- Oxford Computer Group companies will be active in supporting organizations through this.
- In any MIM implementation, the actual technical implementation is not usually the major part of the work. A great deal of effort goes into cleaning up data and external processes, and into the MIM architecture (defining a schema, what you connect to, and how identity data flows). This work is of great value even if you have to move to a new technical solution one day. Oxford Computer Group companies have migrated many organizations from other technologies to MIM, and these are generally much easier than fresh builds.
Is there a green start alternative to starting in the cloud only (when there is no on-prem AD already and the company is starting up with no history)?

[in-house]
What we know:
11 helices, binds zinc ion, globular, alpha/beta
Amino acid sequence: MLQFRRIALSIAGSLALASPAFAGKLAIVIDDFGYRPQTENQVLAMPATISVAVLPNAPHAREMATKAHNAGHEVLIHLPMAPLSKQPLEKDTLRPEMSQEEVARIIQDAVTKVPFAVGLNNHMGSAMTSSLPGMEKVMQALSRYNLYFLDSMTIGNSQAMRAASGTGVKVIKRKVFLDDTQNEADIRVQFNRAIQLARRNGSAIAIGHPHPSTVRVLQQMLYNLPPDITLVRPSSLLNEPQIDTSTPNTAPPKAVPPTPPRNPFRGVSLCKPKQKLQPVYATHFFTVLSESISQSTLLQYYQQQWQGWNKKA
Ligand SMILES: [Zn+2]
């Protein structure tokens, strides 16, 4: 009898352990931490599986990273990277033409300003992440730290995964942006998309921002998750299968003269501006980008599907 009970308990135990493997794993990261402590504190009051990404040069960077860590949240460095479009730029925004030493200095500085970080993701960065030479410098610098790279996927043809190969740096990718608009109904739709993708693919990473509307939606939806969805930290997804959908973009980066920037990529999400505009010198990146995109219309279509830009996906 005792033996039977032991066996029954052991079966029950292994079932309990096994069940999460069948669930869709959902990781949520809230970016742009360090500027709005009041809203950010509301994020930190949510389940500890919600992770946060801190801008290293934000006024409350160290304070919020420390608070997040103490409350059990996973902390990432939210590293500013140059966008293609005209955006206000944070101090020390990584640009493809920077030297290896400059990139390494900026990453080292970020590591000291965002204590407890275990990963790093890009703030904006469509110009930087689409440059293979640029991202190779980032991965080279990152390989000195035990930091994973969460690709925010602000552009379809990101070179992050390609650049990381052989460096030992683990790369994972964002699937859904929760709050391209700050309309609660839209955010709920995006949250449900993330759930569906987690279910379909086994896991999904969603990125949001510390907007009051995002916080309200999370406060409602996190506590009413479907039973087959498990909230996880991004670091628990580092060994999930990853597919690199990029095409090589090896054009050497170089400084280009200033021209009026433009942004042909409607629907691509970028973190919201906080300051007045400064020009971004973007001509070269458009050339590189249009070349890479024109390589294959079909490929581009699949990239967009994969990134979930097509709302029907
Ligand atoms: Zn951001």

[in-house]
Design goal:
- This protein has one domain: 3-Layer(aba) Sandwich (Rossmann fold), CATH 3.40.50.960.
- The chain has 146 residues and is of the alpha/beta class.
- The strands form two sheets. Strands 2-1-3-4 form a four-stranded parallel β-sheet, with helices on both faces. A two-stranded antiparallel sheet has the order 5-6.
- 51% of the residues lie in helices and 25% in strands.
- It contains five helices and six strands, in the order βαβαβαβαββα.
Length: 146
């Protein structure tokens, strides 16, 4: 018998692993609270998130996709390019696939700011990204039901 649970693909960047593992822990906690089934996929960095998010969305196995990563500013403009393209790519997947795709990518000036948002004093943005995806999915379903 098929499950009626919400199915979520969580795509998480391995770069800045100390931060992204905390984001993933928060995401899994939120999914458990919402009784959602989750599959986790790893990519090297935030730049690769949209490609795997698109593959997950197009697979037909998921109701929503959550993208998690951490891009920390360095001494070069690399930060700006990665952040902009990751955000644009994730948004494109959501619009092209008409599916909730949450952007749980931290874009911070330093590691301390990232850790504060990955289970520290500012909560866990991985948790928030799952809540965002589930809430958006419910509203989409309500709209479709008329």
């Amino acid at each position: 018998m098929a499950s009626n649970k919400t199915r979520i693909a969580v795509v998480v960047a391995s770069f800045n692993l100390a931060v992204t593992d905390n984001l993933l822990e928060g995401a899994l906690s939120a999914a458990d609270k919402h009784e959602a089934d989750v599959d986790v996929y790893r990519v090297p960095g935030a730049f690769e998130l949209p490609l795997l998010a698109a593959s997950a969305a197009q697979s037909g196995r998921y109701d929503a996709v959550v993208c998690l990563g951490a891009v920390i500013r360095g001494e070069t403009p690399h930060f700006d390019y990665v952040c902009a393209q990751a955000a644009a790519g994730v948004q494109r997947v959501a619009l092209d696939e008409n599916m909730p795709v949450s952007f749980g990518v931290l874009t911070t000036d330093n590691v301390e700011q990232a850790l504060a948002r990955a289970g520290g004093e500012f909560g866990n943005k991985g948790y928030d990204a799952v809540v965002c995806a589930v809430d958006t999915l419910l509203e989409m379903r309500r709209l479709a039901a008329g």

That is really just a matter of signing up for Azure AD, and immediately benefitting from the security and governance features provided. You would need to look into cloud file and print services (which would traditionally be provided by a local AD).
What does the data warehousing feature provide, and does it integrate with Power BI?
This webinar was all about synchronization services provided by MIM and Azure AD Connect. MIM has another service (called – sparingly – “the MIM Service”!) which provide UI features and workflows. The Power BI reporting capability mentioned in the question is associated with that service and therein lies another discussion entirely. If you are only using MIM’s synchronization service, then I suggest you take a look at Identity Panel, from Software IDM for your reporting needs.
But to answer the question, MIM reporting utilizes System Center data warehousing. If you already have that it makes sense to utilize it, but it is a heavy lift to deploy that infrastructure just to support MIM reporting. I know of no specific PowerBI offering for MIM, but the data warehouse is built on SQL Server and so – in principle – PowerBI can draw data from it.